2001 Beetle TDI - 80k miles
Question for you all. My Beetle is hard to start once the temperature get down below say 50F. By hard, I have to keep the starter engaged quite a bit long, probably like 10 seconds. I have a history of diesel ownership and this is the first one where I don't notice the glow light on the dash staying on longer when the temperature drops (which I find odd).
Anyway, my initial thoughts turn to the glow plugs not getting hot enough. My other thoughts are maybe the starter isn't turning the engine fast enough to build up compression.
I've tried cycle the start switch three or four times, in an attempt to heat the glow plugs up more, and then engage the starter, but that doesn't seem to make much difference. I don't know if the glow plug dash light is a true indicator of glow heat. The glow light in the Meredes I used to own would stay on for 15 seconds or better when it was cold.
I don't want to burn up the starter and don't know what the duty cycle of that would be.
The engine has, and always has been serviced with synthetic oil. I thought that stuff wasn't supposed to thicken up like regular oil when it's cold.
I guess as a testiment to the battery, it is the original battery. The battery has given me no problems, but does drag a little when it's cold. It might be time for a new battery.
My guess are either glow plugs, battery or this new low-sulphur diesel fuel.
Finally, I have NO troubles with any of this when the termperature is above 50 F or so.
Anyway, any suggestions would be appreciated.
Your battery is past due for replacement. I just replaced my on my 2002 NB Diesel just to avoid problems. I suggest you do the same.
Note: above 40F the glow plugs don't even come on. The light comes on now just to tell you that the light is working. When it gets really cold (like sub zero) you may notice it staying on a little longer, but modern glow plugs heat up very quickly so they don't stay on as long as the older ones did.
The tdi has glow plugs? Can't say that I recall seeing that light but I live in warm Atlanta. Actually I guess I have used them a few times but pretty rare. I did put a new battery in my 2003 as it was starting to spin slow at 40 F.
On Mon, 26 Nov 2007 15:09:57 -0500, "Joseph Meehan"
The Handbook of my 1997 T4 TDi states that the Glow-plugs will be in Action when the Temp is -5degress C. The Glow-plugs will not glow if the ambient is above that. It works once a few Years back at a early Morning when here in Hong Kong was exceptionally cold.
I was being silly. I did open the manual for my 2003. It states "When the engine is cold the warning light comes on when the ignition switch is turned to the drive position (ignition on). When the lamp goes out , start the engine.When the engine is warm the light does not come on." No mention of temperature. Probably like the idiot temp guage that shows 190 for a range of actual engine temps.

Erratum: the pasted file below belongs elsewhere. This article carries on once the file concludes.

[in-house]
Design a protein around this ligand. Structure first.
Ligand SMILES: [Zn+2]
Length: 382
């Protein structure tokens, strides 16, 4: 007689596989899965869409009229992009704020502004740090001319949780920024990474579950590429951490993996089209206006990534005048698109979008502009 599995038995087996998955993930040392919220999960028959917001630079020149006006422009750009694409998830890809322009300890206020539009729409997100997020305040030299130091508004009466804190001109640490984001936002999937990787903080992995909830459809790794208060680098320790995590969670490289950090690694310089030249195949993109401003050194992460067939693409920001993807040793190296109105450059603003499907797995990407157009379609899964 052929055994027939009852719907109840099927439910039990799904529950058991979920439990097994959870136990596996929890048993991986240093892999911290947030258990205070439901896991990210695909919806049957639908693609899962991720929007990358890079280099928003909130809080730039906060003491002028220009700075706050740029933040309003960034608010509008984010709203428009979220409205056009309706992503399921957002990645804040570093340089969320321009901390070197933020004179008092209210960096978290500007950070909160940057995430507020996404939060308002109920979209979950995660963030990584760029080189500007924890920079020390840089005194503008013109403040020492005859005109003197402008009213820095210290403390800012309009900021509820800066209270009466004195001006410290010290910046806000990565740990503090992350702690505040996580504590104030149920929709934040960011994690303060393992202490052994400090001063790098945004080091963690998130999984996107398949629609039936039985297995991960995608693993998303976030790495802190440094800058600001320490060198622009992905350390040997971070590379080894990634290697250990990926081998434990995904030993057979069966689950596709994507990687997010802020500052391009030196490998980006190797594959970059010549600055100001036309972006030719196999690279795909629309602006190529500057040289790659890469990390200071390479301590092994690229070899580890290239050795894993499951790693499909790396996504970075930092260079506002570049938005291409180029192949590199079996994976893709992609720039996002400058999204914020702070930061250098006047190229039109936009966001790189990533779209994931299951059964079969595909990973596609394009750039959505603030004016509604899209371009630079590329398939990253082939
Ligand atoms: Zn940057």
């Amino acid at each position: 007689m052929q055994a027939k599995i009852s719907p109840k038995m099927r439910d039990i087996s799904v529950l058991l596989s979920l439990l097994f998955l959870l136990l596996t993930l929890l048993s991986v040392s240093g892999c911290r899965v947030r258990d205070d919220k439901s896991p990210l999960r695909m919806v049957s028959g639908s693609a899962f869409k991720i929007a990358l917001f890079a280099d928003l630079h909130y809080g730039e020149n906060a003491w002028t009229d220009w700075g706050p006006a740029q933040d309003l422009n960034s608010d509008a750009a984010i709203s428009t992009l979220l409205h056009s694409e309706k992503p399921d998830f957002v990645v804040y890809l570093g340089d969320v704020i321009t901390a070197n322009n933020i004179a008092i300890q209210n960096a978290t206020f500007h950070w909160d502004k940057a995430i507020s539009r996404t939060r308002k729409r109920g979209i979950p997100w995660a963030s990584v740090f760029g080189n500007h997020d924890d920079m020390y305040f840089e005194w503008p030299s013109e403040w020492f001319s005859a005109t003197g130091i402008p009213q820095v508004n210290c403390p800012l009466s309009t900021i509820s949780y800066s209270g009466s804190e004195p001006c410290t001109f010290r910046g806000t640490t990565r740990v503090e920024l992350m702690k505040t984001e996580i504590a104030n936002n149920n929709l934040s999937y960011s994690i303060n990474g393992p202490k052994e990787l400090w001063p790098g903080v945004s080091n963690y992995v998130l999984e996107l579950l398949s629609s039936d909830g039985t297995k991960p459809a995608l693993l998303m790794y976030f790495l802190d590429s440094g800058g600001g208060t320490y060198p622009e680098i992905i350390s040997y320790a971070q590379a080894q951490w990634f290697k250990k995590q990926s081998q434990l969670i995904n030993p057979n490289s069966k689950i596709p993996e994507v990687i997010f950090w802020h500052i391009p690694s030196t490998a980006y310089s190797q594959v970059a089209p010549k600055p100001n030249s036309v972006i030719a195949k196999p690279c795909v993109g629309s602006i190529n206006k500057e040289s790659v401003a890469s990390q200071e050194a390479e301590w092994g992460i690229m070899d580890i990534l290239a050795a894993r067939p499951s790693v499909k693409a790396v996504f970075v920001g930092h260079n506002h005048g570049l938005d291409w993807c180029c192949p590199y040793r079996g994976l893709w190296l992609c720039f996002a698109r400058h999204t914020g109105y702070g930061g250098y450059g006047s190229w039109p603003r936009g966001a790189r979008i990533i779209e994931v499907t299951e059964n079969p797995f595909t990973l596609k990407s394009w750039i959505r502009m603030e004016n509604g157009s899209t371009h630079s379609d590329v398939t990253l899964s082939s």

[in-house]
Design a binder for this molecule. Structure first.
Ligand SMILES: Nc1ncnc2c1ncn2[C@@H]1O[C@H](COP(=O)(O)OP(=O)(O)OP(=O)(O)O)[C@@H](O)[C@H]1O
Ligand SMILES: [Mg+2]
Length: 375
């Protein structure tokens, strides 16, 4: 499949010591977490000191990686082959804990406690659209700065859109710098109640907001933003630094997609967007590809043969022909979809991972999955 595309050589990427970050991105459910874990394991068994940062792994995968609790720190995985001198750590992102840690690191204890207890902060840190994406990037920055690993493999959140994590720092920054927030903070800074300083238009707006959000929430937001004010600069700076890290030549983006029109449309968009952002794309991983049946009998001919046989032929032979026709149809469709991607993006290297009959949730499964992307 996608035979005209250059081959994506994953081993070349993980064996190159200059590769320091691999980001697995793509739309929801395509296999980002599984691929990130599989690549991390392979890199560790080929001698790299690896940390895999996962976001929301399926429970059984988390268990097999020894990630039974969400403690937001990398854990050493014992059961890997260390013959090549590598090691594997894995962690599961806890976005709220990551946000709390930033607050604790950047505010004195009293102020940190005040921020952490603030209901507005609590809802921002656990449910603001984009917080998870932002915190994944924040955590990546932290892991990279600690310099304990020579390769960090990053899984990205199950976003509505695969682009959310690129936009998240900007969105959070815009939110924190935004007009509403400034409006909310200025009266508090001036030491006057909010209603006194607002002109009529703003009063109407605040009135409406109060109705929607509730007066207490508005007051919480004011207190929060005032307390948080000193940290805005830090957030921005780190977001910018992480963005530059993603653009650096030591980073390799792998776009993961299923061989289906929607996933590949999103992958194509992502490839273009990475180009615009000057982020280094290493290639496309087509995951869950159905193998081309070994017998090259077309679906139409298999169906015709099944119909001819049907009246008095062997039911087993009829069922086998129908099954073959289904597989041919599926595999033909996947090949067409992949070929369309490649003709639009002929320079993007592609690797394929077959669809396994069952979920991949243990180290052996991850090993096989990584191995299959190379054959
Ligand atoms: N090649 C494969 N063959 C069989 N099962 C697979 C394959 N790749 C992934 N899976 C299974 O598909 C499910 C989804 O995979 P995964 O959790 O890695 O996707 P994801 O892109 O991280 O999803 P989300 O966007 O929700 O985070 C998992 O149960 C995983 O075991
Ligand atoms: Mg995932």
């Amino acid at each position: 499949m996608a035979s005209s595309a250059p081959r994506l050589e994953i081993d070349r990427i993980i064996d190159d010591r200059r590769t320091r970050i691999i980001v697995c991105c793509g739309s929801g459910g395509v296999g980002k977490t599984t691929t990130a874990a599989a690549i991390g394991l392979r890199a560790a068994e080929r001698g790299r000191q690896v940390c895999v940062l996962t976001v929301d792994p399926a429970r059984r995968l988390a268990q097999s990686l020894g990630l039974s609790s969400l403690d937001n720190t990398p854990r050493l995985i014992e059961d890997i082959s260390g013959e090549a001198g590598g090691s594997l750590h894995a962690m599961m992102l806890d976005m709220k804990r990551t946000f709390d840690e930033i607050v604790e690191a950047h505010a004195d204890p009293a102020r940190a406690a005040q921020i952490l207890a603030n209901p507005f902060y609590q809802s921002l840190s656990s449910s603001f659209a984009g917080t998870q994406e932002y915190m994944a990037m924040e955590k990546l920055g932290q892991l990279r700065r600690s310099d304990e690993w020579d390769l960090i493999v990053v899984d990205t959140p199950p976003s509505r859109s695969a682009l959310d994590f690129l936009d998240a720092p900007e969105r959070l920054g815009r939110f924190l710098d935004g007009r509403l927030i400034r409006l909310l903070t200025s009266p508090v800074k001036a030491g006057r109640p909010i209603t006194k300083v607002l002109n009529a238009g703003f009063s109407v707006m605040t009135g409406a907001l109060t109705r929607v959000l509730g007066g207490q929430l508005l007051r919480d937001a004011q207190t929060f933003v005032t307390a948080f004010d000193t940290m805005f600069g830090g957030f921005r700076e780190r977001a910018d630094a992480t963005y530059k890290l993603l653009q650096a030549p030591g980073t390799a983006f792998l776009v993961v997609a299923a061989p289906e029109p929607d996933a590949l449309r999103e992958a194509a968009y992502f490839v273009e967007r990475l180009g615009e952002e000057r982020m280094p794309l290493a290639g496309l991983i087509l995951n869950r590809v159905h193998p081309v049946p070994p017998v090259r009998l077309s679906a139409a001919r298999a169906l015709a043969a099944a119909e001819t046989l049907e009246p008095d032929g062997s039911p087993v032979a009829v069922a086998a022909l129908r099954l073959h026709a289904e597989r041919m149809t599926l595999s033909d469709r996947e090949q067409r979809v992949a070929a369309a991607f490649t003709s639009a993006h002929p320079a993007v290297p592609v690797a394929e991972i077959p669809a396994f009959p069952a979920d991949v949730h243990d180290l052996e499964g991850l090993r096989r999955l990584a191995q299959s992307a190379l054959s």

I do not see that much cold weather that I seem to always just hit the starter and go. Sometimes the car putters a bit while running on a few cylinders but the rest catch up soon enough. Bad me!
On Nov 27, 8:10 am, Jim Behning
You're fine. The more I think about it, the more I think it's probably the compression and a weak battery. I'm going to plug into the car with my computer and see if that tells me anything. I replaced all the glow plugs three or four years ago because one went bad and I remember the computer telling me which one was bad (pretty cool stuff for us non- gear head types).
I see a battery in my future. We'll see.
Some facts 1- glows plugs don't activate until under 50*F 2- must crank 300+ RPM when cold- see below 3- 6 yr old battery got to be weak. replace it 4- fuel filter replace yearly or 20,000 miles 5- EGR valve gummed up- remove and clean. 6-intake may also be gummed up 7-compression not usually a issue other than from #4
I'm pretty sure they activate when you pull the door handle too. At least the dealer told me that. They start warming while you are getting in the car. Which is why they don't seem to take as long as older non door handle glow plugs.
Myth regarding door handle activating glow plugs. Test it by parking your car in your garage with the windows down. Turn key in ignition without opening door to time glowplug light.
In addition, some models have glow plugs in the coolant, to make the engine warm up faster, and to provide some heat to the passenger compartment sooner. These glow plugs operate for a period of time after the engine starts (without the glow plug indicator lamp). Some may be under the impression that the glow plugs begin operating when the driver's door is opened. This is an "urban myth". The glow plugs do not operate until the key is turned "on".